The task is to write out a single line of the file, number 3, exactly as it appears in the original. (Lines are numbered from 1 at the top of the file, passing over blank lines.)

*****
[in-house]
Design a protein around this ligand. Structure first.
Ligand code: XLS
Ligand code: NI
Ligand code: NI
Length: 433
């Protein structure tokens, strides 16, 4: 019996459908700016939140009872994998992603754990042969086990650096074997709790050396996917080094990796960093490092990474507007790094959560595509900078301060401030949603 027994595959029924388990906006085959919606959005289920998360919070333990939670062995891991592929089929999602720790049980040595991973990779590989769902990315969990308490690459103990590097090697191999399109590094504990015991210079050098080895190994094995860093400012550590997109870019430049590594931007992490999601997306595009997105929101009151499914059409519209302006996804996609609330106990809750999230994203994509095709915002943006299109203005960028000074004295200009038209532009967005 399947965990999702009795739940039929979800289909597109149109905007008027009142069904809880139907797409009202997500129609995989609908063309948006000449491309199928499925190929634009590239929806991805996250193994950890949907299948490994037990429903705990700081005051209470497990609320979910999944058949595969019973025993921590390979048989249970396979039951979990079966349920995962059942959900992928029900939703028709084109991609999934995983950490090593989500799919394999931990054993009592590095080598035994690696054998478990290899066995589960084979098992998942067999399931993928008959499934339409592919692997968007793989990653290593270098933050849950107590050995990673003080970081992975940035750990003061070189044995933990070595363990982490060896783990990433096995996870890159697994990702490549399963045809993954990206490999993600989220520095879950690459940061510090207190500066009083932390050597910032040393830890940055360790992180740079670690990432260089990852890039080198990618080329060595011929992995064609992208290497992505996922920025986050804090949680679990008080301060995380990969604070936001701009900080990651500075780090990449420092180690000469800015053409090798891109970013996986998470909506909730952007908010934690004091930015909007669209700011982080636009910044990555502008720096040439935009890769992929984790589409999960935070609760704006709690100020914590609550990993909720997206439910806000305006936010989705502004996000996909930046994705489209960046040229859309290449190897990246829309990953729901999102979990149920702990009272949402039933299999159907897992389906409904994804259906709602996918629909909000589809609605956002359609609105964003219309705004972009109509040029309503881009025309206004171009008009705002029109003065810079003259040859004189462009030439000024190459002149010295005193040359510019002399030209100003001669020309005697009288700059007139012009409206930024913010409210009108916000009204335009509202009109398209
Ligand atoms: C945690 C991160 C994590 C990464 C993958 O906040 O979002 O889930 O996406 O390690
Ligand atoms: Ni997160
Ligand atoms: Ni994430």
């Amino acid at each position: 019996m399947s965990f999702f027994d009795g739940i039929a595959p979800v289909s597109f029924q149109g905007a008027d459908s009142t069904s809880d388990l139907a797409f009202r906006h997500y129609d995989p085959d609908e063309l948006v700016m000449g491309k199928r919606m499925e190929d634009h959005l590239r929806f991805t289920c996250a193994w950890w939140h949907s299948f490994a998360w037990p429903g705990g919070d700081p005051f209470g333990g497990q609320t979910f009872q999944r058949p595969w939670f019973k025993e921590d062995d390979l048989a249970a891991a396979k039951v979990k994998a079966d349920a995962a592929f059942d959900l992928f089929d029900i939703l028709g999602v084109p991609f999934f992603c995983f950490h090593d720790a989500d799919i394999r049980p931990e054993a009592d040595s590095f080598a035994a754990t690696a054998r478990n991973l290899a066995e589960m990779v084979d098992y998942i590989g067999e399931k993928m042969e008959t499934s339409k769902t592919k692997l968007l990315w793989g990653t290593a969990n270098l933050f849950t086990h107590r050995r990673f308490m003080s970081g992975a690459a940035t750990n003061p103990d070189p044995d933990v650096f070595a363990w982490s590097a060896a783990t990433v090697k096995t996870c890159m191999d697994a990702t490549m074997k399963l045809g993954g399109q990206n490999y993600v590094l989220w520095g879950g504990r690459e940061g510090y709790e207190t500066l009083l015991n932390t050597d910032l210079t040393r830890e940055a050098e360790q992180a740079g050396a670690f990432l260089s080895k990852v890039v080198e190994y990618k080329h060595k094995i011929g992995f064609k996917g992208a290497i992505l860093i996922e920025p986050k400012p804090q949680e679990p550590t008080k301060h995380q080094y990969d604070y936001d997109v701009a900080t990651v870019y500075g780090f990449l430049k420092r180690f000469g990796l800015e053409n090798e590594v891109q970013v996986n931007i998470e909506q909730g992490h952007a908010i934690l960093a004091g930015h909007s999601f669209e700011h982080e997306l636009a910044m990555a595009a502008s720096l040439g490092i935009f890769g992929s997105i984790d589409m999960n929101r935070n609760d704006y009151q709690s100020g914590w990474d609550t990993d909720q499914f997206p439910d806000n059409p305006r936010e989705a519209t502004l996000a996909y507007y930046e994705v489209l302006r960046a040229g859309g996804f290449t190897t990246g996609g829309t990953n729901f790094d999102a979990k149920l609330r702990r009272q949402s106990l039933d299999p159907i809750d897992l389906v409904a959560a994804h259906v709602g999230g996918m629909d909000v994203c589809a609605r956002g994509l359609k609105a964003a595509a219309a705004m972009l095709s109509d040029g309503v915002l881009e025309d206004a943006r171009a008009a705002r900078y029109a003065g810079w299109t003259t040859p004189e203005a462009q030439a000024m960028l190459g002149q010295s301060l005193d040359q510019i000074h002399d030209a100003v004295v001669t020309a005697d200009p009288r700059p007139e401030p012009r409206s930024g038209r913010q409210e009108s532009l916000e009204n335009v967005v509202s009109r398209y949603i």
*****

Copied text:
Ligand code: XLS